Newsweek Returns with a Thud [Updated]

IBT Media’s Zombie Newsweek debuted only yesterday, and already there’s a problem. A big one. Newsweek’s cover story claimed that Dorian Satoshi Nakamoto, a 65 year old engineer, created Bitcoin. The media freaked out, with some proclaiming the piece “brilliant journalism.” The problem? Nakamoto has denied any involvement with the digital currency.

In a two hour interview with the AP, Nakamoto denied having any involvement in Bitcoin, and the only reason he had ever heard of it was because a Newsweek reporter contacted his son three weeks ago. Nakamoto also said that during during a brief interview at his home, the Newsweek reporter —  Leah McGrath Goodman — misunderstood him (English isn’t Nakamoto’s first language).

Goodman claimed Nakamoto said “I am no longer involved in that [Bitcoin] and I cannot discuss it.” However, Nakamoto insisted he meant he was no longer involved in engineering, and was referring to security protocol as it pertained to his former work with a defense contractor.

Goodman told the AP that “There was no confusion whatsoever about the context of our conversation —and his acknowledgment of his involvement in bitcoin.” Newsweek’s editor, Jim Impoco, also issued a statement saying the magazine was standing by its story.

By standing by its account, Newsweek is essentially calling Nakamoto a liar. So why not explain why Nakamoto would do that? What’s his motive for denying this? And Mcgrath Goodman could squash the skeptics quickly by releasing audio files or text of her interview with Nakamoto. But so far, nothing. Nothing but people questioning the facts of a giant story.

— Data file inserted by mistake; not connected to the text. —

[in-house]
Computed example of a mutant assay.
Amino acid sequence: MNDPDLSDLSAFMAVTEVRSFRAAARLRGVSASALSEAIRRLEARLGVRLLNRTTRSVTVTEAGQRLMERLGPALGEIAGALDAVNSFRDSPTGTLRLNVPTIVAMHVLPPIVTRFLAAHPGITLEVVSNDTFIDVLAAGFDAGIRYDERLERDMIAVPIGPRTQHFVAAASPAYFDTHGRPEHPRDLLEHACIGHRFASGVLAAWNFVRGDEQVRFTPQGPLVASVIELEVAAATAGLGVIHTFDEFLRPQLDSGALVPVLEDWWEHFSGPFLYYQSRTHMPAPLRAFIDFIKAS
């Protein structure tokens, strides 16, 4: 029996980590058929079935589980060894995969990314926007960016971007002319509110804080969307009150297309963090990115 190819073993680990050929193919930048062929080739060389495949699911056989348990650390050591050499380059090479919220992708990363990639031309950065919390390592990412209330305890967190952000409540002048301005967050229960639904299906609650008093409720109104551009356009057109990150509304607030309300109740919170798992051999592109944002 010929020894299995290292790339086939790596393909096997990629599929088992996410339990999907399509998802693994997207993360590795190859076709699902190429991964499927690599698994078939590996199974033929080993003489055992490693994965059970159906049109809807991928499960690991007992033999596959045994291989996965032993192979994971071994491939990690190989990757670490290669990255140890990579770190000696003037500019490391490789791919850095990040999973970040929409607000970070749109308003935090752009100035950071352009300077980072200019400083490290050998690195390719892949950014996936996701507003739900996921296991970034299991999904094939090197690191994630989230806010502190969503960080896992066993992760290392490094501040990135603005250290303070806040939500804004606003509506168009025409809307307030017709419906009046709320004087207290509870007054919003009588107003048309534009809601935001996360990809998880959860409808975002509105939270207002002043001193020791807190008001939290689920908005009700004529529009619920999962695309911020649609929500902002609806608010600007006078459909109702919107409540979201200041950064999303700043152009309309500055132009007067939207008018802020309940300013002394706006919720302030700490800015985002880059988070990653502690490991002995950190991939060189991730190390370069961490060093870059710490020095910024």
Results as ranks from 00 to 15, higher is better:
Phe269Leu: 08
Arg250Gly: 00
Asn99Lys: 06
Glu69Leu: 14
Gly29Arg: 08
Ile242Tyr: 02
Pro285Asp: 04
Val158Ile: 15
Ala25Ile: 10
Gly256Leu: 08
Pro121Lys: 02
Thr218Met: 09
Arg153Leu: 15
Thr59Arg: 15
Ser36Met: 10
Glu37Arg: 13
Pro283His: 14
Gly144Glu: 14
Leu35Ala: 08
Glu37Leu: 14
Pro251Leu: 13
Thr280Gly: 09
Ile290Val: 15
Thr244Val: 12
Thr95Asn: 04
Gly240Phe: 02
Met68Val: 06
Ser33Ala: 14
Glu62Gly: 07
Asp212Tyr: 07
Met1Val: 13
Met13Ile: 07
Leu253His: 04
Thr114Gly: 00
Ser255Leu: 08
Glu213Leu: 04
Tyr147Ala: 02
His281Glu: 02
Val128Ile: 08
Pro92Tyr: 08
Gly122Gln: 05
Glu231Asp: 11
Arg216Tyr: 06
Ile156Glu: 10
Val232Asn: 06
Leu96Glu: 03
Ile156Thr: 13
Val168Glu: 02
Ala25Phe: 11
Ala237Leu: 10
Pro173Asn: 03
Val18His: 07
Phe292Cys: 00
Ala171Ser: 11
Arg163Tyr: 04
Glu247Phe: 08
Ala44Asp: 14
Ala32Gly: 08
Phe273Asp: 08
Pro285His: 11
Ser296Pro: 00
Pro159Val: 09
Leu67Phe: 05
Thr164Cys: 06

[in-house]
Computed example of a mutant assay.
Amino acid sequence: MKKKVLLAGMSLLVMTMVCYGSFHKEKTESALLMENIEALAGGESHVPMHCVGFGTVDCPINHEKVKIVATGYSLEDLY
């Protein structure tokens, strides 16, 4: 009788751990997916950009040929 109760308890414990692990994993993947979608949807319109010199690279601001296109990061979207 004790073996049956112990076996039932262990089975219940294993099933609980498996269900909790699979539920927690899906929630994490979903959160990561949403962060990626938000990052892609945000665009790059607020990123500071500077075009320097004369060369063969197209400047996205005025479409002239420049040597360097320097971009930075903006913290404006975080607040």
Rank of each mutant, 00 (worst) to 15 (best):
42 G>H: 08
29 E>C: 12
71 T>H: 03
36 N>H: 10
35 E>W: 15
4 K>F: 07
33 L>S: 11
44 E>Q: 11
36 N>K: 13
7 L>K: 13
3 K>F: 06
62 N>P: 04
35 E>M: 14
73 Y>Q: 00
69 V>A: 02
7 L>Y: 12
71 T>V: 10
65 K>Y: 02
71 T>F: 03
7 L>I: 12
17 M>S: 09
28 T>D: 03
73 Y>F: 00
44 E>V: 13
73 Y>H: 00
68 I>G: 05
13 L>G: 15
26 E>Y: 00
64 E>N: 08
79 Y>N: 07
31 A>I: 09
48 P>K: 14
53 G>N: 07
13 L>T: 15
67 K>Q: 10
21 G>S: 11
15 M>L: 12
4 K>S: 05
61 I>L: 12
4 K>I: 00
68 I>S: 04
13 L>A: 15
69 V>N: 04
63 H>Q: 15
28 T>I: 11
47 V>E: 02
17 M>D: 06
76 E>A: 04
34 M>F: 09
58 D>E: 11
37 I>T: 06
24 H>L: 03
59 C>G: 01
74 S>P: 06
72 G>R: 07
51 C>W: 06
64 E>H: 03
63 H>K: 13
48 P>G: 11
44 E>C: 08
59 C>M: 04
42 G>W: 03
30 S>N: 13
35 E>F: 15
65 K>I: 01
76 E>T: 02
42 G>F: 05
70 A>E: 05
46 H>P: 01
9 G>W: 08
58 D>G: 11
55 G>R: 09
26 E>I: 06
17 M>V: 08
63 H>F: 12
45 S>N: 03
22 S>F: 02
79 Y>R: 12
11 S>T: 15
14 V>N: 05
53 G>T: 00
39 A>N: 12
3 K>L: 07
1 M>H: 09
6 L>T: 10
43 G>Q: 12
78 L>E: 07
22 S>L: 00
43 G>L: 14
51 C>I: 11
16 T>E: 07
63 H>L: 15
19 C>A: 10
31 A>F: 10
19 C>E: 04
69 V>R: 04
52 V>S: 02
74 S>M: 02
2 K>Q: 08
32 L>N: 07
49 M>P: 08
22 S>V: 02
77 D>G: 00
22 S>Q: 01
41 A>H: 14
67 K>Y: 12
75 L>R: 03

If Newsweek wants to impress people with its return to print and prove to people that it is a relevant magazine, this isn’t the way to do it.

Update (12:32 pm):
Newsweek has issued the following statement about the article. It’s pretty standard stuff, though the line “Newsweek encourages fellow members of the press and the public at large to focus on analysis of the facts” is pretty rich.

Leah McGrath Goodman’s recent cover story for Newsweek, investigating the identity of Bitcoin founder Satoshi Nakamoto, has generated an immense amount of international attention, including denials from Mr. Nakamoto and ad hominem criticism of Ms. Goodman’s reporting and character.

Newsweek published this story because we felt it is an important one. While the virtual currency has become popular, it remains mysterious and volatile. We recognized a public interest in establishing some core facts about Bitcoin and better informing those who might invest money in it.

Ms. Goodman’s research was conducted under the same high editorial and ethical standards that have guided Newsweek for more than 80 years. Newsweek stands strongly behind Ms. Goodman and her article. Ms. Goodman’s reporting was motivated by a search for the truth surrounding a major business story, absent any other agenda. The facts as reported point toward Mr. Nakamoto’s role in the founding of Bitcoin.

It is natural and expected for a major news revelation such as this to spark debate and controversy. Many of the greatest journalistic scoops have prompted similar reaction. Such debate is part of the democratic process and essential to the functioning of a free press.  Newsweek is committed to furthering that spirit of open discourse. At the same time, Newsweek encourages fellow members of the press and the public at large to focus on analysis of the facts at hand rather than rush to assumptions or resort to emotion.

Moreover, it encourages all to be respectful of the privacy and rights of the individuals involved.

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